One metabolite, carnitine, increased significantly in urines of three extremely low birth weight (ELBW) infants starting on day five of life. The three affected infants either received prolonged antibiotic treatment, extended treatment with indomethacin, or both. One ELBW patient who received both treatments and reached the highest urinary carnitine level died on day 10 of life due to localized gut perforation complicated by suspected AKI.
It was concluded that carnitine increased in the three neonates in part due to antibiotic- and/or indomethacin-induced AKI. It is hypothesized that combined antibiotic and indomethacin treatment promoted AKI resulting in reduced proximal renal tubule reabsorption of carnitine and that β-lactam antibiotics blocked renal carnitine uptake by human organic cation transporter, hOCTN2.
PMCID: PMC4096988  PMID: 25035813
Acute kidney injury; Preterm infant; Necrotizing enterocolitis; NMR; Metabonomics; Neutrophil gelatinase-associated lipocalin (Ngal); Carnitine; Blood Urea Nitrogen (BUN)
8.  Pharmacokinetics of Levetiracetam in Neonates with Seizures 
The Journal of pediatrics  2011;159(1):152-154.e3.
The pharmacokinetics of levetiracetam were determined prospectively in 18 neonates with seizures. Neonates were found to have lower clearance, higher volume of distribution, and a longer half-life as compared with older children and adults. Mild somnolence was the only adverse effect.
PMCID: PMC3789844  PMID: 21592494
9.  Early microbial and metabolomic signatures predict later onset of necrotizing enterocolitis in preterm infants 
Microbiome  2013;1:13.
Necrotizing enterocolitis (NEC) is a devastating intestinal disease that afflicts 10% of extremely preterm infants. The contribution of early intestinal colonization to NEC onset is not understood, and predictive biomarkers to guide prevention are lacking. We analyzed banked stool and urine samples collected prior to disease onset from infants <29 weeks gestational age, including 11 infants who developed NEC and 21 matched controls who survived free of NEC. Stool bacterial communities were profiled by 16S rRNA gene sequencing. Urinary metabolomic profiles were assessed by NMR.
During postnatal days 4 to 9, samples from infants who later developed NEC tended towards lower alpha diversity (Chao1 index, P = 0.086) and lacked Propionibacterium (P = 0.009) compared to controls. Furthermore, NEC was preceded by distinct forms of dysbiosis. During days 4 to 9, samples from four NEC cases were dominated by members of the Firmicutes (median relative abundance >99% versus <17% in the remaining NEC and controls, P < 0.001). During postnatal days 10 to 16, samples from the remaining NEC cases were dominated by Proteobacteria, specifically Enterobacteriaceae (median relative abundance >99% versus 38% in the other NEC cases and 84% in controls, P = 0.01). NEC preceded by Firmicutes dysbiosis occurred earlier (onset, days 7 to 21) than NEC preceded by Proteobacteria dysbiosis (onset, days 19 to 39). All NEC cases lacked Propionibacterium and were preceded by either Firmicutes (≥98% relative abundance, days 4 to 9) or Proteobacteria (≥90% relative abundance, days 10 to 16) dysbiosis, while only 25% of controls had this phenotype (predictive value 88%, P = 0.001). Analysis of days 4 to 9 urine samples found no metabolites associated with all NEC cases, but alanine was positively associated with NEC cases that were preceded by Firmicutes dysbiosis (P < 0.001) and histidine was inversely associated with NEC cases preceded by Proteobacteria dysbiosis (P = 0.013). A high urinary alanine:histidine ratio was associated with microbial characteristics (P < 0.001) and provided good prediction of overall NEC (predictive value 78%, P = 0.007).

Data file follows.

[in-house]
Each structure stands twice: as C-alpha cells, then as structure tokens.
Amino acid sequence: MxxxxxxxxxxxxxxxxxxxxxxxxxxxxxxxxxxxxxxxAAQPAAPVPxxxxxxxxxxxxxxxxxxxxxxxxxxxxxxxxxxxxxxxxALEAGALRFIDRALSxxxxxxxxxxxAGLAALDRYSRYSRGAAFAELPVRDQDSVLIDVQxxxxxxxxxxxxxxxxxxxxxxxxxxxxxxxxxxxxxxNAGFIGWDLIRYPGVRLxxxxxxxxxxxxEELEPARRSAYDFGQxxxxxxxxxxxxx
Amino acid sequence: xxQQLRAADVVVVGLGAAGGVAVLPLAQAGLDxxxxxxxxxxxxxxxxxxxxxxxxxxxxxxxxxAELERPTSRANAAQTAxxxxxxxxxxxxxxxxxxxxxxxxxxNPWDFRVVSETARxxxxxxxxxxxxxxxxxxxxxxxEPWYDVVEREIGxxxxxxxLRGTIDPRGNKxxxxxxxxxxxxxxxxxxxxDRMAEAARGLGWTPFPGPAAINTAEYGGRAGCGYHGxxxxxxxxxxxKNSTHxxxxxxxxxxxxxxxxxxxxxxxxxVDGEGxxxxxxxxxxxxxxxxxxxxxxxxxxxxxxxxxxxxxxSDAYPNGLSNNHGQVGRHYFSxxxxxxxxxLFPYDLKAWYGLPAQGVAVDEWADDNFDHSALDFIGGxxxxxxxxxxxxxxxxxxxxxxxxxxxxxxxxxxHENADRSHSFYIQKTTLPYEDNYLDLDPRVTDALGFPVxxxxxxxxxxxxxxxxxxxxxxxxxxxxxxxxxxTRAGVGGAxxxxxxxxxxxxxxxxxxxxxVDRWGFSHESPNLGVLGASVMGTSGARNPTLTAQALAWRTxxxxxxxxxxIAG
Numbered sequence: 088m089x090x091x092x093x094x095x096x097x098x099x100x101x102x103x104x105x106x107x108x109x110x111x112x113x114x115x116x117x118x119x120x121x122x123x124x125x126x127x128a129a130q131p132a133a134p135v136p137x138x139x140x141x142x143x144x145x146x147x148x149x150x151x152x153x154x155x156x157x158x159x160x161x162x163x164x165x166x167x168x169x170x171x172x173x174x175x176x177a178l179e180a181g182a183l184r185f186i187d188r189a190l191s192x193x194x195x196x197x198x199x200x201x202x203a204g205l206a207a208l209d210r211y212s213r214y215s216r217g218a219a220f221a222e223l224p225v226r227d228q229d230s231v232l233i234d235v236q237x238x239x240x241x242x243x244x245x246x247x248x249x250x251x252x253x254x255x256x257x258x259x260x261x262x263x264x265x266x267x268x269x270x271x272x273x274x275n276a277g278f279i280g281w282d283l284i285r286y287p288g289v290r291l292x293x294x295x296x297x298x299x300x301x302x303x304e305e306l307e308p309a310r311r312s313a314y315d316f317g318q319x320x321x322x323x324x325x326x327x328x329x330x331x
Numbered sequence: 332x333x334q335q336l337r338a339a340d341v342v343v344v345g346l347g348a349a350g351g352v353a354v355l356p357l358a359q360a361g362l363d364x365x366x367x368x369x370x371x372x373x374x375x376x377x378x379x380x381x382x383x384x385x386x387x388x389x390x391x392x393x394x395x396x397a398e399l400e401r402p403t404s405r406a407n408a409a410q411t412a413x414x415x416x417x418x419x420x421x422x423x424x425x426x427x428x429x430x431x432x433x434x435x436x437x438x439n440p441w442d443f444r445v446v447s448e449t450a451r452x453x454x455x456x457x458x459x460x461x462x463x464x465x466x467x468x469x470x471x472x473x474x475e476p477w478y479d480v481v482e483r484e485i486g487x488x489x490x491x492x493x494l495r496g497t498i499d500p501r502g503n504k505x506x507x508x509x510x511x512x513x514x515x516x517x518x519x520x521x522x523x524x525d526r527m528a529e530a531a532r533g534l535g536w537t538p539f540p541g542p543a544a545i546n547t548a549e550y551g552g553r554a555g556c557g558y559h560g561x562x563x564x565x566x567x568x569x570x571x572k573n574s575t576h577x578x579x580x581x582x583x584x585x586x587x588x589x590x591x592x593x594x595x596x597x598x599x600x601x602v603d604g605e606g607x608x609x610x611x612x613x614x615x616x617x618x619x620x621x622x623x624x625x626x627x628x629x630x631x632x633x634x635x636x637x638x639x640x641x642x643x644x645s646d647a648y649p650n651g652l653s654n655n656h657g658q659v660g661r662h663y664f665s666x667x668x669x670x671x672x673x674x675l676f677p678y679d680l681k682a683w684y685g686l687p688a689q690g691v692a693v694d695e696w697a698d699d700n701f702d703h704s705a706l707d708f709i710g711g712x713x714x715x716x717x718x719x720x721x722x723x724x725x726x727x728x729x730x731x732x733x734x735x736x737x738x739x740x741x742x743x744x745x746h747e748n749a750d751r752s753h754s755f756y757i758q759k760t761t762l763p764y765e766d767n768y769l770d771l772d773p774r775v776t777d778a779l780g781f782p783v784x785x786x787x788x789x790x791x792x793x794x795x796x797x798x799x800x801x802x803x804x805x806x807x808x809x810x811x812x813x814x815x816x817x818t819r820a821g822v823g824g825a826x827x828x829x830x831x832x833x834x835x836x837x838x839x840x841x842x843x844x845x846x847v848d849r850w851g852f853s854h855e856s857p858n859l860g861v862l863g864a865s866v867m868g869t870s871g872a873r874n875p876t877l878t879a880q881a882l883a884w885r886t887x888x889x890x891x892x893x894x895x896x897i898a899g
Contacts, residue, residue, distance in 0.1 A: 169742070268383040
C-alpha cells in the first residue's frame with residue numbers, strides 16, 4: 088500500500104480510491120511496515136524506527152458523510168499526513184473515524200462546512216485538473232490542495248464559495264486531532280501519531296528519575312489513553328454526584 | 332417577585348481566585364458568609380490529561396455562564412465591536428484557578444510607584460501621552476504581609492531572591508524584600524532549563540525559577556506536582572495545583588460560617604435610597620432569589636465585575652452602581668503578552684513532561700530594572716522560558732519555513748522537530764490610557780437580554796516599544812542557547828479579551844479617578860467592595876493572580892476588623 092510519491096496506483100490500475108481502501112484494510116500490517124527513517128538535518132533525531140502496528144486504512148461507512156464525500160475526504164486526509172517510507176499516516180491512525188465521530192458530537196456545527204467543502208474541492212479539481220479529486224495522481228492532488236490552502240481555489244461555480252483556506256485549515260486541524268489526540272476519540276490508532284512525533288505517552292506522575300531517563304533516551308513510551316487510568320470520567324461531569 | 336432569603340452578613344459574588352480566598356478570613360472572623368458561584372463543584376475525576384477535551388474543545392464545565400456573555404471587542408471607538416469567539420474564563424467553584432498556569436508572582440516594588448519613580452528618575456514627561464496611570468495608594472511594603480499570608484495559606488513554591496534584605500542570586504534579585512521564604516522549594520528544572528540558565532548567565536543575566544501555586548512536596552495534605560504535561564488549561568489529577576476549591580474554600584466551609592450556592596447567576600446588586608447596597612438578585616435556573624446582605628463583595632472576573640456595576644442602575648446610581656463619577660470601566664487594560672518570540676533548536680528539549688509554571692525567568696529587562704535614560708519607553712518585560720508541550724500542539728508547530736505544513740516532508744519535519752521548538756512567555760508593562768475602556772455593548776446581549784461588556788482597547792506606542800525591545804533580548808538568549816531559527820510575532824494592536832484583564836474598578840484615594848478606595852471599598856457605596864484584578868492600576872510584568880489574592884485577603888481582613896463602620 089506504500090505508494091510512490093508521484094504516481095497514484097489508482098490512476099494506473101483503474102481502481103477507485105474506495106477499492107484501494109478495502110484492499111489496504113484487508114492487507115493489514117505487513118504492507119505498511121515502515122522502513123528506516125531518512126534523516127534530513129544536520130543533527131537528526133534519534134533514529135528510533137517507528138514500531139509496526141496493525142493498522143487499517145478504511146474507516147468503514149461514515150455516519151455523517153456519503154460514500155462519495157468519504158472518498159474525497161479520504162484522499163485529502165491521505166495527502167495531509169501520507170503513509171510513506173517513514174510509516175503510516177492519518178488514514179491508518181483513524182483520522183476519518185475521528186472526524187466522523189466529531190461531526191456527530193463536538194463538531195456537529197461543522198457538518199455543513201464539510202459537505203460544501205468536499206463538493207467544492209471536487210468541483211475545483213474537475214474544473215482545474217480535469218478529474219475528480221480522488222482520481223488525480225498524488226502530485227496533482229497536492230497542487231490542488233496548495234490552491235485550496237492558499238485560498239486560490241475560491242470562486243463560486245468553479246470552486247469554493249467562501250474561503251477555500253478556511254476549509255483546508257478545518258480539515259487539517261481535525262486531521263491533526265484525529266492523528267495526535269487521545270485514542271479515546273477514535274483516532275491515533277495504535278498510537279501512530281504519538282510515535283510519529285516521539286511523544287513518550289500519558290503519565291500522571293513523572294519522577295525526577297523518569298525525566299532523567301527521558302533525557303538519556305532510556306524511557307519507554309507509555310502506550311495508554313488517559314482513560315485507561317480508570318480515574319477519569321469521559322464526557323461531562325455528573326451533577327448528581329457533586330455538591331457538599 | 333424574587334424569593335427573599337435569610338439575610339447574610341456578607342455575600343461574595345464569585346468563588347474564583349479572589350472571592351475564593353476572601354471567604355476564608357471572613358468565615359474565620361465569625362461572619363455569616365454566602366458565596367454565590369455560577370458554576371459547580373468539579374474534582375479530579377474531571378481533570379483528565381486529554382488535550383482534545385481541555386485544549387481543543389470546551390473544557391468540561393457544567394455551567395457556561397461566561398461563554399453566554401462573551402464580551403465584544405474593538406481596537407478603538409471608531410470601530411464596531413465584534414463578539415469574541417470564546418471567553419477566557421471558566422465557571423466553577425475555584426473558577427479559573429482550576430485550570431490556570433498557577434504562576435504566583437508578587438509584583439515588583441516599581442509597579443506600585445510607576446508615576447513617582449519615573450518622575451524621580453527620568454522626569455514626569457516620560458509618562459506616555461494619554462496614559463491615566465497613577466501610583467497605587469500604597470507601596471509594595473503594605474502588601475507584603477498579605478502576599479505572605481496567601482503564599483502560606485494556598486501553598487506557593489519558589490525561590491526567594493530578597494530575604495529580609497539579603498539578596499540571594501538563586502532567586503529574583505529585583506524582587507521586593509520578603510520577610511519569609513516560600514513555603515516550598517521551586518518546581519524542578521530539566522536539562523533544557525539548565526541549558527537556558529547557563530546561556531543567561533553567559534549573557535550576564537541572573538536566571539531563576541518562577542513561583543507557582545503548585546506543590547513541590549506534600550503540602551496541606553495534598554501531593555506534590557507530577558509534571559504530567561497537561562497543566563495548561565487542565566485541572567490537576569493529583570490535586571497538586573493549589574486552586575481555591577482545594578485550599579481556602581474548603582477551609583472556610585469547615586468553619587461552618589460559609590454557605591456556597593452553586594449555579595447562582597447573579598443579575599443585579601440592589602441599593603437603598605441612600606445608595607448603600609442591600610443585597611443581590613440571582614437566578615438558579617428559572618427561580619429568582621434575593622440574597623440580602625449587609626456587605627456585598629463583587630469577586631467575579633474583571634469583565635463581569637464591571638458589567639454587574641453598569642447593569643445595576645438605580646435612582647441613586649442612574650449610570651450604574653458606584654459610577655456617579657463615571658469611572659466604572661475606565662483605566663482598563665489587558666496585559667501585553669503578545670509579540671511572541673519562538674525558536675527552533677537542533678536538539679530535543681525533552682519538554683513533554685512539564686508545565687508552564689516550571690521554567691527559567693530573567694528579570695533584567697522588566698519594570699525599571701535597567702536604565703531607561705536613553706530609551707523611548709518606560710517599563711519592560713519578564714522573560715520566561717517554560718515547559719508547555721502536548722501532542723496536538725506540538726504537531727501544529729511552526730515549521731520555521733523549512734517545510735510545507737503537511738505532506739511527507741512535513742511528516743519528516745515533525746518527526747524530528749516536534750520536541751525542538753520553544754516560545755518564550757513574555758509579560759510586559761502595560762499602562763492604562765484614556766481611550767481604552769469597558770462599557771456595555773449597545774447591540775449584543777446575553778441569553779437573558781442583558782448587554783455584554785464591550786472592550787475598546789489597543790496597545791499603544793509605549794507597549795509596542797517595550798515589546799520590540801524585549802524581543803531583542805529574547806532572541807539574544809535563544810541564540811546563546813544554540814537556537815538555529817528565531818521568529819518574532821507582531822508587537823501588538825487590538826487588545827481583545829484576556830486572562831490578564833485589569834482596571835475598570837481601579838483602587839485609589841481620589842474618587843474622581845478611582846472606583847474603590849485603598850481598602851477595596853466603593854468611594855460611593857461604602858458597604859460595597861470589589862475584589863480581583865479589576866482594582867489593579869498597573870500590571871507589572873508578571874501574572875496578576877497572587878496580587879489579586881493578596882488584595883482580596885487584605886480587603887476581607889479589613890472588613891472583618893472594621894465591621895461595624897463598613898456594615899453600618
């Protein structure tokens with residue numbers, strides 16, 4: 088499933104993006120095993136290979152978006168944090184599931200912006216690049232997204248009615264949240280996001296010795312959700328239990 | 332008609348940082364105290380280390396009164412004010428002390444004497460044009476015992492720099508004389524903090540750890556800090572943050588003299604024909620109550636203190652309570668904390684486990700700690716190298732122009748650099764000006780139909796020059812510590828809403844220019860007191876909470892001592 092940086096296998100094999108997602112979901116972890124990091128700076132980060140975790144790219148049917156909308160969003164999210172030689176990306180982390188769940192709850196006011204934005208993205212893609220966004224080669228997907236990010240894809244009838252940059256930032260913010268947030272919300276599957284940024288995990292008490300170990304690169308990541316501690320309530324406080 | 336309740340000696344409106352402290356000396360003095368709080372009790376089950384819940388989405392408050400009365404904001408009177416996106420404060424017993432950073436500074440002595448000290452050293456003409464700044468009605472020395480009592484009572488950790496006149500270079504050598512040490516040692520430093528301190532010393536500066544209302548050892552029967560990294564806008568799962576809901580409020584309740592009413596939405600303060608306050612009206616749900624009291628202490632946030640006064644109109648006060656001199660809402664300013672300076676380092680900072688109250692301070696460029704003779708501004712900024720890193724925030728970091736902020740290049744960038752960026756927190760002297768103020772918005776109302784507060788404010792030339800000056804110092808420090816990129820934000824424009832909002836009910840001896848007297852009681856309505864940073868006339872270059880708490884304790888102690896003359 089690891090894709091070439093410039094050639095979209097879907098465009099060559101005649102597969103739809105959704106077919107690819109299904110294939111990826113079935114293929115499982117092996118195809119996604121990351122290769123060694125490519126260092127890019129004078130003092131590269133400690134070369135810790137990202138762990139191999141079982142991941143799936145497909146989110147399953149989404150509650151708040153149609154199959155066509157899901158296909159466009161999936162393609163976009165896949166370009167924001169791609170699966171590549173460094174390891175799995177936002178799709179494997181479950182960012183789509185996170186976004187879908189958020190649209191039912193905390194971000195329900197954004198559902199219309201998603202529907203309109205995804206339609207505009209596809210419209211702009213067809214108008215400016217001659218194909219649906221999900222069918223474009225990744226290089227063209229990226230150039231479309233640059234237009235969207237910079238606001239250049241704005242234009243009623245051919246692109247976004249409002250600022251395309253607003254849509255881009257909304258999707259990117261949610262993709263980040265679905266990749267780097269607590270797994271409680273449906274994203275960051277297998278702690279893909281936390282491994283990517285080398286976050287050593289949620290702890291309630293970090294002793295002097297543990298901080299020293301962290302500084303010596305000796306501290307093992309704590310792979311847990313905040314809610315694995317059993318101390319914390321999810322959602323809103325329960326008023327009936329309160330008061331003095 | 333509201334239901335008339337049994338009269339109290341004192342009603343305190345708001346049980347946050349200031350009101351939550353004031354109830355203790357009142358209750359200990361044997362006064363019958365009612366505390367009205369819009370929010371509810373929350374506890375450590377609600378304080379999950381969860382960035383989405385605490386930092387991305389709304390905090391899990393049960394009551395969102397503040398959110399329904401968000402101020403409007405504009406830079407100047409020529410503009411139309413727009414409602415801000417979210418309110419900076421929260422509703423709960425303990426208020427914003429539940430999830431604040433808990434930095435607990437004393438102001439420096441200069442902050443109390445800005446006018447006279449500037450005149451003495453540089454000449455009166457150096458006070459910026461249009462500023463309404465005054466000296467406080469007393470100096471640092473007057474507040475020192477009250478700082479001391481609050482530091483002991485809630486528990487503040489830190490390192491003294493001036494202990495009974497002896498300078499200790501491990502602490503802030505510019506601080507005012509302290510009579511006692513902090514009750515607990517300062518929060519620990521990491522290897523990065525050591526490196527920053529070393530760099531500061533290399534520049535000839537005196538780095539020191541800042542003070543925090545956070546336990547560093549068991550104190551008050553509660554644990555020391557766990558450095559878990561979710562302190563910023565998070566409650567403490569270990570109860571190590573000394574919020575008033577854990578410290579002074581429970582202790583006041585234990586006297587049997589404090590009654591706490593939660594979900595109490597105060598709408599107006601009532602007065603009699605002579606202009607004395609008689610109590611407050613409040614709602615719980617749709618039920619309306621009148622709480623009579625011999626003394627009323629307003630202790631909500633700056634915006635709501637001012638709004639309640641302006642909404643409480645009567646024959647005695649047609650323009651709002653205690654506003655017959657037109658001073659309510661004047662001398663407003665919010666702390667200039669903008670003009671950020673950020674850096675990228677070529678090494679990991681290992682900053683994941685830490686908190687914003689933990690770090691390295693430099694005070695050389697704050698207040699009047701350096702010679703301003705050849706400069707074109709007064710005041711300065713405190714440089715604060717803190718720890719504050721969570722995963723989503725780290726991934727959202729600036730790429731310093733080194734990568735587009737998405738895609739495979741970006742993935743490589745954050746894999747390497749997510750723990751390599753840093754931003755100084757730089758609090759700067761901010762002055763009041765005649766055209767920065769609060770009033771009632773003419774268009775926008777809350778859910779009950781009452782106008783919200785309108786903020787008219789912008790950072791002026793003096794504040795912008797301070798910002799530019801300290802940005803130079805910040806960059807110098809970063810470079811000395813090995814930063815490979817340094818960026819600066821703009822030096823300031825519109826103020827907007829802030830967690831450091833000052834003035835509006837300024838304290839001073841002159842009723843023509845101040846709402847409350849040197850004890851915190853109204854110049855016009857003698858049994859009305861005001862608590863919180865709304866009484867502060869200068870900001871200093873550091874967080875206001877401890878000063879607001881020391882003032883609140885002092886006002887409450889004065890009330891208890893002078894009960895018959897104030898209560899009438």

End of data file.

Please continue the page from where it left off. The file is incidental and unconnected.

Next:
Early dysbiosis is strongly involved in the pathobiology of NEC. These striking findings require validation in larger studies but indicate that early microbial and metabolomic signatures may provide highly predictive biomarkers of NEC.
PMCID: PMC3971624  PMID: 24450576
Microbiome; Premature infants; Necrotizing enterocolitis; Dysbiosis
10.  Grade and Laterality of Intraventricular Hemorrhage to Predict 18–22 Month Neurodevelopmental Outcomes in Extremely Low Birth Weight Infants 
To determine whether extremely low birth weight (ELBW) infants with bilateral compared to unilateral intraventricular hemorrhage (IVH) have worse neurodevelopmental outcomes at 18–22 months.
166 ELBW infants (<1000 g) admitted to a Cincinnati NICU from 1998–2005 with a head ultrasound showing Grade I–IV IVH and neurodevelopmental assessment at 18–22 months corrected age were included. Multivariable linear and logistic regression models were developed to determine the impact of laterality and grade of IVH and other clinical variables to predict scores on the Bayley Scales of Infant Development, Second Edition, Mental Development Index (MDI) and Psychomotor Development Index (PDI) and the combined outcome of neurodevelopmental impairment (NDI).
Infants with bilateral grade IV IVH had lower adjusted mean Bayley scores compared with infants with unilateral grade IV IVH. For grades I, II, and III IVH, bilaterality of IVH was not associated with lower mean Bayley scores. Infants with grade IV IVH had the highest odds of NDI. The probability of NDI increased with sepsis and postnatal steroid use.
ELBW infants with bilateral compared to those with unilateral grade IV IVH had worse neurodevelopmental outcomes. Infants with grades I–III IVH had similar outcomes whether they had unilateral or bilateral IVH.